Challenges providing adequate health care in underdeveloped countries
Many People, Most Of Them In Tropical Countries Of The Third World, Die Of Preventable, Curable Diseases. . . . Malaria, Tuberculosis, Acute Lower-Respiratory Infections—In 1998, These Claimed 6.1 Million Lives. People Died Because The Drugs To Treat Those Illnesses Are Nonexistent Or Are No Longer Effective. They Died Because It Doesn’t Pay To Keep Them Alive.Ken Silverstein, Millions For Viagra. Pennies For Diseases Of The Poor, The Nation, July 19, 1999.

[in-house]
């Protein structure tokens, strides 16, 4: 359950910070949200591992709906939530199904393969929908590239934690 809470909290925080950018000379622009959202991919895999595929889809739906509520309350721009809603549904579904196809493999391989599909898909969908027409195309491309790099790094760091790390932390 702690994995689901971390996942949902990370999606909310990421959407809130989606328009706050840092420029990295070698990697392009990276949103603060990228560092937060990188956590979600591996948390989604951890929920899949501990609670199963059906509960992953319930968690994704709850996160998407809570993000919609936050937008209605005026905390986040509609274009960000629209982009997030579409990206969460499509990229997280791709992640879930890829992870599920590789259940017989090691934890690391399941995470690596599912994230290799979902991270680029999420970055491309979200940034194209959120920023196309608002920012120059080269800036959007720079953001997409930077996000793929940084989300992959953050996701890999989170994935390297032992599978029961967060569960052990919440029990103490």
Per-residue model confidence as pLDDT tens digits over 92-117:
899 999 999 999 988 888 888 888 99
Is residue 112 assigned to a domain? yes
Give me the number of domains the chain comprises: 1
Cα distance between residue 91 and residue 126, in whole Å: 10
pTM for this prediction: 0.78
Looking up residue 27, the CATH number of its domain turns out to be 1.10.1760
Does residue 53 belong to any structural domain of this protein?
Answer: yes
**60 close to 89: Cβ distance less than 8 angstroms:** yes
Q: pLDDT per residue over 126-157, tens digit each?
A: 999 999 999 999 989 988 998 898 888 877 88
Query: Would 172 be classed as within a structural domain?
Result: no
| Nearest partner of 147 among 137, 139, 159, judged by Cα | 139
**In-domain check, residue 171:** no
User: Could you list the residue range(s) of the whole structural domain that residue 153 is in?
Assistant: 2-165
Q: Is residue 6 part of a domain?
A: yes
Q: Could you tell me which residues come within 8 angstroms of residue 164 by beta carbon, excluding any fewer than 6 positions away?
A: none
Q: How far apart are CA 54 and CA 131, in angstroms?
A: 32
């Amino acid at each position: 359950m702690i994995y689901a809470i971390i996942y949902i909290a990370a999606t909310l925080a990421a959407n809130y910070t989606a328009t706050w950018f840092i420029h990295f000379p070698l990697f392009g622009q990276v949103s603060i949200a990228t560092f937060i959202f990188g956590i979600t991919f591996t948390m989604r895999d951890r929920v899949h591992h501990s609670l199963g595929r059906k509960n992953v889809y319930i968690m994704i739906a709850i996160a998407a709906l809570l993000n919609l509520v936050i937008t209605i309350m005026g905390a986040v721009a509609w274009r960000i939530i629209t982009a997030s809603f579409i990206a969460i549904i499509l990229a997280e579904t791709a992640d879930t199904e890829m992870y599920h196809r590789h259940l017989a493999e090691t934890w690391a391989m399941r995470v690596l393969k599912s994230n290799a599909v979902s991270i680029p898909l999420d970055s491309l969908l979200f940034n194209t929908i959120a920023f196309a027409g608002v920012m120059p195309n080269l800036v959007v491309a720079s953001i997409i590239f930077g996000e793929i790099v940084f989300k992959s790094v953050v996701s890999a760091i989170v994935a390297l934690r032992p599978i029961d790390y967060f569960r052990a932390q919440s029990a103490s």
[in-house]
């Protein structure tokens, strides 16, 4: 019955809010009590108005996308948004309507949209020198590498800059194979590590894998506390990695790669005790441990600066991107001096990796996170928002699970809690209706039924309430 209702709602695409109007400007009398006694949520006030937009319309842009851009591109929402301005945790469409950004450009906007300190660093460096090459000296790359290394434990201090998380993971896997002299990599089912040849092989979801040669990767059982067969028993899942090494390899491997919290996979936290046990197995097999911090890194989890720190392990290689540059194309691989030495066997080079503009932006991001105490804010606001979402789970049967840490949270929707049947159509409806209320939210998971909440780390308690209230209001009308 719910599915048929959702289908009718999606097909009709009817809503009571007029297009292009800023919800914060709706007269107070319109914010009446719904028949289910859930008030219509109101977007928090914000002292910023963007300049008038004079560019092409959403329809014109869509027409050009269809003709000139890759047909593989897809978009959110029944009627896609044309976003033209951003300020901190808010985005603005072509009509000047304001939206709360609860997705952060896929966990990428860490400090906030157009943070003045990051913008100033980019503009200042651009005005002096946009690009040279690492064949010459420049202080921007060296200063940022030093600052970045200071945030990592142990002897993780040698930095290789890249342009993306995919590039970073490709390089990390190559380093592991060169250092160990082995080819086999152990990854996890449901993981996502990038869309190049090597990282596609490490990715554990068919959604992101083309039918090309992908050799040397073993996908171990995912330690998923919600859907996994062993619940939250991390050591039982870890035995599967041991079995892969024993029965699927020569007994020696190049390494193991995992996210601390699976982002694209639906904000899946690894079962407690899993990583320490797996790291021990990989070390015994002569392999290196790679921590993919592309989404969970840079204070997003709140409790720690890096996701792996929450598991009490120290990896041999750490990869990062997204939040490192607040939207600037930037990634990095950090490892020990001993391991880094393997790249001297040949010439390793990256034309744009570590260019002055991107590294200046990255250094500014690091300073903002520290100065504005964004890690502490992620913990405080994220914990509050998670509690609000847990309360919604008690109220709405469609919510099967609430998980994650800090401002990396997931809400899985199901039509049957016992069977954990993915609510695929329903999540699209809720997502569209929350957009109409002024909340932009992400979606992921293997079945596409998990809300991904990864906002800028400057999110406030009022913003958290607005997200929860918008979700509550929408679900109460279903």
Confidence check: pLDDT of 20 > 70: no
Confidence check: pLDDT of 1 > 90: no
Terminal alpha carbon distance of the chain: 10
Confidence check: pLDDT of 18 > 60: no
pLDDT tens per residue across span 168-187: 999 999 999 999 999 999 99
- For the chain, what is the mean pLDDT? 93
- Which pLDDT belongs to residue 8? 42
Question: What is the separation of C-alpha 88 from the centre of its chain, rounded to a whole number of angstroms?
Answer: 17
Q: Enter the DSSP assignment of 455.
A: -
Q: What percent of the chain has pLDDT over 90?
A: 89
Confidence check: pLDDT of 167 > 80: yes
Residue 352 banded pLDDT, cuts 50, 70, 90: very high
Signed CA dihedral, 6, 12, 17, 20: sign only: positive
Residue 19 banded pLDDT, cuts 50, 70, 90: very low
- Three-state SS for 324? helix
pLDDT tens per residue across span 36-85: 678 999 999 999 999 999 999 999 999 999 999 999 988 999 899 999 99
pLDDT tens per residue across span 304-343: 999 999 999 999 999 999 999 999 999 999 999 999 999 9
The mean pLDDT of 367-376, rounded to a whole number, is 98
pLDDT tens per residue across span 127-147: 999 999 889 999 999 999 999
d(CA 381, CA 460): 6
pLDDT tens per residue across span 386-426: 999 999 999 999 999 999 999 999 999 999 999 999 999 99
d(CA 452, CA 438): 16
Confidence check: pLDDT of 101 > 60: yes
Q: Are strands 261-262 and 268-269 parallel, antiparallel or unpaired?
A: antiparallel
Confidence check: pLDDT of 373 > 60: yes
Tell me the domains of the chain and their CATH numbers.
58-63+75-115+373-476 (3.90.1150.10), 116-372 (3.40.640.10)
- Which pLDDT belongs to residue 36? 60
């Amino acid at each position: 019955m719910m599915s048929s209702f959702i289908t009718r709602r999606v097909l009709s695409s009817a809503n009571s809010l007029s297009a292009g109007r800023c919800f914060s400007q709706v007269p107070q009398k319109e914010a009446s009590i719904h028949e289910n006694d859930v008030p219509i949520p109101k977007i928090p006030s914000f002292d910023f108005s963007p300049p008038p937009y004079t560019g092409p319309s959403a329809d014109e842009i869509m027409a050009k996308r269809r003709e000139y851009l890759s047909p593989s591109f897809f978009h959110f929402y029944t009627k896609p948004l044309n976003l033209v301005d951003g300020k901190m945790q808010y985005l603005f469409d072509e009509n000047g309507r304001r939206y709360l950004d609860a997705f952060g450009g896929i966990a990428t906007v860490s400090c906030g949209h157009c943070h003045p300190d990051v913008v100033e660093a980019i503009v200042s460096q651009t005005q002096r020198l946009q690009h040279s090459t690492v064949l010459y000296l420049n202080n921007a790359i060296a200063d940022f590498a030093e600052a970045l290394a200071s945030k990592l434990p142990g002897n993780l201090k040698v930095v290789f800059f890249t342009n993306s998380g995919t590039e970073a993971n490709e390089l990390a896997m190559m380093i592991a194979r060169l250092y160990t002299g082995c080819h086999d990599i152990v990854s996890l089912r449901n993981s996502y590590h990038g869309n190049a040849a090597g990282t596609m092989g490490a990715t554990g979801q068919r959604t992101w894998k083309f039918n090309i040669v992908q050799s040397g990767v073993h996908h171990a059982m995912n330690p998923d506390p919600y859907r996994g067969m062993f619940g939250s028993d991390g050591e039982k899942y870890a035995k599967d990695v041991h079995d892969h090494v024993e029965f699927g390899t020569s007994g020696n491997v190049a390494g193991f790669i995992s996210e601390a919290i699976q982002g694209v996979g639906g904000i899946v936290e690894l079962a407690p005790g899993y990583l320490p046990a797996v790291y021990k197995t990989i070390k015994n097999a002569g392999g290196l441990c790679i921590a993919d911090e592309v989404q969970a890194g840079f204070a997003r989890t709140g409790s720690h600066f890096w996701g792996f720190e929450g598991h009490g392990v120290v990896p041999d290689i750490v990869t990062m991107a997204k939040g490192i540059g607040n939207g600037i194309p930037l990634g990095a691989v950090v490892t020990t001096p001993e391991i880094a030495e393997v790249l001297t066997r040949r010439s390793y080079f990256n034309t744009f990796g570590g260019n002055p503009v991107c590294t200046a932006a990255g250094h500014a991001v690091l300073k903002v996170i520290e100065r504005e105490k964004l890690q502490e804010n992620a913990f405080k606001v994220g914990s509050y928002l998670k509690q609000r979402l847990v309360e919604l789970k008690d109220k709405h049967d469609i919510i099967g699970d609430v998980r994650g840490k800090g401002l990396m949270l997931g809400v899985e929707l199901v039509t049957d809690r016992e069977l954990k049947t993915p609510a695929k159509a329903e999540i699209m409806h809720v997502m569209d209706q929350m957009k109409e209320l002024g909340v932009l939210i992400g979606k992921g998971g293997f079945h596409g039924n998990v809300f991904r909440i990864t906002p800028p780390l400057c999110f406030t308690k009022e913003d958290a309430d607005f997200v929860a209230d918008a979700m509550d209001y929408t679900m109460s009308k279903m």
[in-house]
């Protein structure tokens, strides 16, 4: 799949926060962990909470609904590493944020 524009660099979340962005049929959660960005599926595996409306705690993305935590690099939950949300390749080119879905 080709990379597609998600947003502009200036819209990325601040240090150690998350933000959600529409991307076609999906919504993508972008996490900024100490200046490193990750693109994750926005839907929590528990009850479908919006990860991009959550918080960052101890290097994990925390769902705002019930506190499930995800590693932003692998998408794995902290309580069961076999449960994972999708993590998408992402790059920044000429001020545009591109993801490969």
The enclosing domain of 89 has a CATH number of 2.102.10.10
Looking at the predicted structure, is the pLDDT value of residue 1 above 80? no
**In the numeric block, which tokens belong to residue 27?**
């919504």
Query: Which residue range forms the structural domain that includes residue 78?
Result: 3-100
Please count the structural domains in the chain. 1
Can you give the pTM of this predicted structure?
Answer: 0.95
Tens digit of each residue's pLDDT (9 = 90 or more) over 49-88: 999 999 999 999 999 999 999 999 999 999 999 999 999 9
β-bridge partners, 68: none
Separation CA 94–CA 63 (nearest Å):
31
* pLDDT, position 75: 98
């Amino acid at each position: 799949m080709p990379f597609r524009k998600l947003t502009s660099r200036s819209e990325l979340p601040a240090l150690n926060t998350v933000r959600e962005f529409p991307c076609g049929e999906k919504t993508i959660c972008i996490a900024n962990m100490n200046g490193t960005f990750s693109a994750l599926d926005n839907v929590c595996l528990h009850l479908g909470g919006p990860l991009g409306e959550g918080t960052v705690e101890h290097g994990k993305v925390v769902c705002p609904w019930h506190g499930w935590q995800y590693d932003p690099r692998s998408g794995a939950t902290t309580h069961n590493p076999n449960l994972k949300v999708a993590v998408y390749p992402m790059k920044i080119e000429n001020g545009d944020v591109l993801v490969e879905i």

Unfortunately, Since 1998, Little Has Changed. For Many Individuals Living In Impoverished Underdeveloped Countries, Even Basic Medical Care Is Difficult To Obtain. Although International Agencies Sponsor Outreach Programs And Corporations, And Although Nonprofit Organizations Donate Goods And Services, The Level Of Health Care Remains Far Below What Is Necessary To Meet The Needs Of Struggling Populations. Polluted Water Supplies, Unsanitary Conditions, And Poor Nutrition Only exacerbate the poor health prevalent in these environments. Nurses working in developed nations have many opportunities/advantages that typically are not available to those in underdeveloped countries.